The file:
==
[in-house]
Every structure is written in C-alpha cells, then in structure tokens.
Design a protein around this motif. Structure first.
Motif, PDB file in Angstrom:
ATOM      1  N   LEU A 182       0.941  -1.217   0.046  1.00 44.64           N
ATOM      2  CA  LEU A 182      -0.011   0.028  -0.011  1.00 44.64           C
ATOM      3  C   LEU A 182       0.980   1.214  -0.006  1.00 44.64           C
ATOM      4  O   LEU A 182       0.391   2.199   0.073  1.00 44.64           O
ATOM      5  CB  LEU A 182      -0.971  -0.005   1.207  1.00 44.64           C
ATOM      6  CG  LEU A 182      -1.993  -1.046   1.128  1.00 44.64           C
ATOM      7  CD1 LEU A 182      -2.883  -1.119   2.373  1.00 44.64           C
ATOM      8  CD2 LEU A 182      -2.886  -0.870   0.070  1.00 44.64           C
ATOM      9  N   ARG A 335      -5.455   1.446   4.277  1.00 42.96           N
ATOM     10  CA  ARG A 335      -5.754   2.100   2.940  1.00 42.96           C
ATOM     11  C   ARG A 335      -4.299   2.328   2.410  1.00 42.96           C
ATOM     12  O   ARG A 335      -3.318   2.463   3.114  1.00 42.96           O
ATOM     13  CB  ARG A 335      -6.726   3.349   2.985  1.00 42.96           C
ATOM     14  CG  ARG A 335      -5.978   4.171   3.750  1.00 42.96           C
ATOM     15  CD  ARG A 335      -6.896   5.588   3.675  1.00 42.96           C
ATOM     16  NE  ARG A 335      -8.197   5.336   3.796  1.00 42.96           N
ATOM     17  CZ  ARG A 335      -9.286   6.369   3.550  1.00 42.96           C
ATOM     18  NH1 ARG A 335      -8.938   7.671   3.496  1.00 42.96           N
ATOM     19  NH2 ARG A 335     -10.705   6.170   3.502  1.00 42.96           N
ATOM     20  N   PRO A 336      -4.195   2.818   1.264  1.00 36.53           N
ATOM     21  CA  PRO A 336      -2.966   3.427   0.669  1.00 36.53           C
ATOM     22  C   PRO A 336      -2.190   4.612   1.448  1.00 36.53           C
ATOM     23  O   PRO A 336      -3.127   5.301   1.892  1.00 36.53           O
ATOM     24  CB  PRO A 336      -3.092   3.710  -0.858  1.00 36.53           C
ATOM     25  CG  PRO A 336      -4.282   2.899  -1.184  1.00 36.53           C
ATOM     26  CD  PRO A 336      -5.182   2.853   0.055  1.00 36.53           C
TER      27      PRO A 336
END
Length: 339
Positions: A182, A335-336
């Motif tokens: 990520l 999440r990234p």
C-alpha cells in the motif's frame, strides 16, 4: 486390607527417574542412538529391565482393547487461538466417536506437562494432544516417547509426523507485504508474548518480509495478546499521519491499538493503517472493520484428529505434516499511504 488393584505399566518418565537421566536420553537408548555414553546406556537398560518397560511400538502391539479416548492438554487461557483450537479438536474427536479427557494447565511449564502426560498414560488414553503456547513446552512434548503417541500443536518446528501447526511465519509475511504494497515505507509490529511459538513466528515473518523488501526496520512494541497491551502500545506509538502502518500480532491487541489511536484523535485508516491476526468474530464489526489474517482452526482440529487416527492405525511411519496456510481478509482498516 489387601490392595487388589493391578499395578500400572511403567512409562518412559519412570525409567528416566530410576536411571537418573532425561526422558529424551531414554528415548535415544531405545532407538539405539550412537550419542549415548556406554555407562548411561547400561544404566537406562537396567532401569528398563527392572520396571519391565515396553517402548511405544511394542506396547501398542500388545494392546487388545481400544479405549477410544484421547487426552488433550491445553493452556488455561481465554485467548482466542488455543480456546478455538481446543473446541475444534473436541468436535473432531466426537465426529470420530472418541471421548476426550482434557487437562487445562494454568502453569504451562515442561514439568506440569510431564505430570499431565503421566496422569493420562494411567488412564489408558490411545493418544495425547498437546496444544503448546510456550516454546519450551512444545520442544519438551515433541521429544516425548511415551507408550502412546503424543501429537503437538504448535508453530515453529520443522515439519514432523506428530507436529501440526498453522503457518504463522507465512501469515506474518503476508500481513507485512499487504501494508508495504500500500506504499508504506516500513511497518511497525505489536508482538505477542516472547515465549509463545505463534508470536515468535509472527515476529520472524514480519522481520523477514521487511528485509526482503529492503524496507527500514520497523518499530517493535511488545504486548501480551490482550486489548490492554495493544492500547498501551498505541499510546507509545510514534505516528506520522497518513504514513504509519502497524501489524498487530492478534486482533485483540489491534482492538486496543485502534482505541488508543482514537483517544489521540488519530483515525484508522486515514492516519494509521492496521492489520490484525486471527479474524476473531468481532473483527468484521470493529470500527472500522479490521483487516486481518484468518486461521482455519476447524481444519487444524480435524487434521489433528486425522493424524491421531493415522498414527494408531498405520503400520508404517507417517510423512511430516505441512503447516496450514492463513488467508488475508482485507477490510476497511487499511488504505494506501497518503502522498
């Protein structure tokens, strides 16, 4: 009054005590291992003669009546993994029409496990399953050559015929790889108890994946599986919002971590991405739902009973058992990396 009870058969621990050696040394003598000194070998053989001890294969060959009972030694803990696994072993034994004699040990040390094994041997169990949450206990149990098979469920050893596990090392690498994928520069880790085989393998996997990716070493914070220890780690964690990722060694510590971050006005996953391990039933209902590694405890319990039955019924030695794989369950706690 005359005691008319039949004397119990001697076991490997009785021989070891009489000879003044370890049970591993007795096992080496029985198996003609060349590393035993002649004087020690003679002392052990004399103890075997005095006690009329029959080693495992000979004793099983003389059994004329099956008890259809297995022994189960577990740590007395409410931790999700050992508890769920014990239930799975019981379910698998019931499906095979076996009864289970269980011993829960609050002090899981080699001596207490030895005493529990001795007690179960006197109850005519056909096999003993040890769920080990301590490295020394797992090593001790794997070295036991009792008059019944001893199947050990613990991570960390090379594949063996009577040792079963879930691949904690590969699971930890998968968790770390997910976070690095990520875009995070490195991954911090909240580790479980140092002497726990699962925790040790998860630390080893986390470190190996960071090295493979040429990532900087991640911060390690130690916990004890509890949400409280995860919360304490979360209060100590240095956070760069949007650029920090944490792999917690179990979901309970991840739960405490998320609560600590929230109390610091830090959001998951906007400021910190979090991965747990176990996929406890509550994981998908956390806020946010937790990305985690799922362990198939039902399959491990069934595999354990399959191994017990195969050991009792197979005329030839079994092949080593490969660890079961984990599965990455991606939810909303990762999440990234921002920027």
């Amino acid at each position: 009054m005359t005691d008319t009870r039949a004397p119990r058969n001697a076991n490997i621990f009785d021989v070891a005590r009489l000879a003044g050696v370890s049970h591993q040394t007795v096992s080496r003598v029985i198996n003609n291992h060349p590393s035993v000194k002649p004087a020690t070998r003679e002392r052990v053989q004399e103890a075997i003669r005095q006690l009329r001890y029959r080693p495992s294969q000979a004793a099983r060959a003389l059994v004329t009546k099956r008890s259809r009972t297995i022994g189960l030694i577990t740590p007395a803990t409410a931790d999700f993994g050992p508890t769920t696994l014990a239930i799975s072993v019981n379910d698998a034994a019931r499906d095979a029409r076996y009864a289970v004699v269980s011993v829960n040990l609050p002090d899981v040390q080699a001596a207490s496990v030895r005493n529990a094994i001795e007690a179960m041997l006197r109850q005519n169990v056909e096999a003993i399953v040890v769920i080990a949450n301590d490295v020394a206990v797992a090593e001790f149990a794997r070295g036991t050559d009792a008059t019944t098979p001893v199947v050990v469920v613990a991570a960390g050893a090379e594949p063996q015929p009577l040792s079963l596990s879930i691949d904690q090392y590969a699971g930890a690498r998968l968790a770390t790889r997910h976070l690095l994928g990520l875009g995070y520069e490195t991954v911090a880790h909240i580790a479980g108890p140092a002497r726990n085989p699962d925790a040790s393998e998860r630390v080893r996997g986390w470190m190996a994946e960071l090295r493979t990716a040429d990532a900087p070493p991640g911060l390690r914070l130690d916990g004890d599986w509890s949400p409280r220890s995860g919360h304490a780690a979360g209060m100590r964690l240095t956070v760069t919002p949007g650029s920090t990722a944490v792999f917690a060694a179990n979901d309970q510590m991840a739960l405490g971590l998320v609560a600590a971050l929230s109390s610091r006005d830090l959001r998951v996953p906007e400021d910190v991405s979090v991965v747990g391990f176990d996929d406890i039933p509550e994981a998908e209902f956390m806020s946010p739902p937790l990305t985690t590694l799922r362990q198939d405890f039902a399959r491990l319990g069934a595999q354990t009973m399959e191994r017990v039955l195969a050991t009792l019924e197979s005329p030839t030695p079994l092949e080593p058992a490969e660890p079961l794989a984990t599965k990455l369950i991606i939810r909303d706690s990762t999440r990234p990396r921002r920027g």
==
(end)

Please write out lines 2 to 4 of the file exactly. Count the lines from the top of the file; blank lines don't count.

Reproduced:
Every structure is written in C-alpha cells, then in structure tokens.
Design a protein around this motif. Structure first.
Motif, PDB file in Angstrom: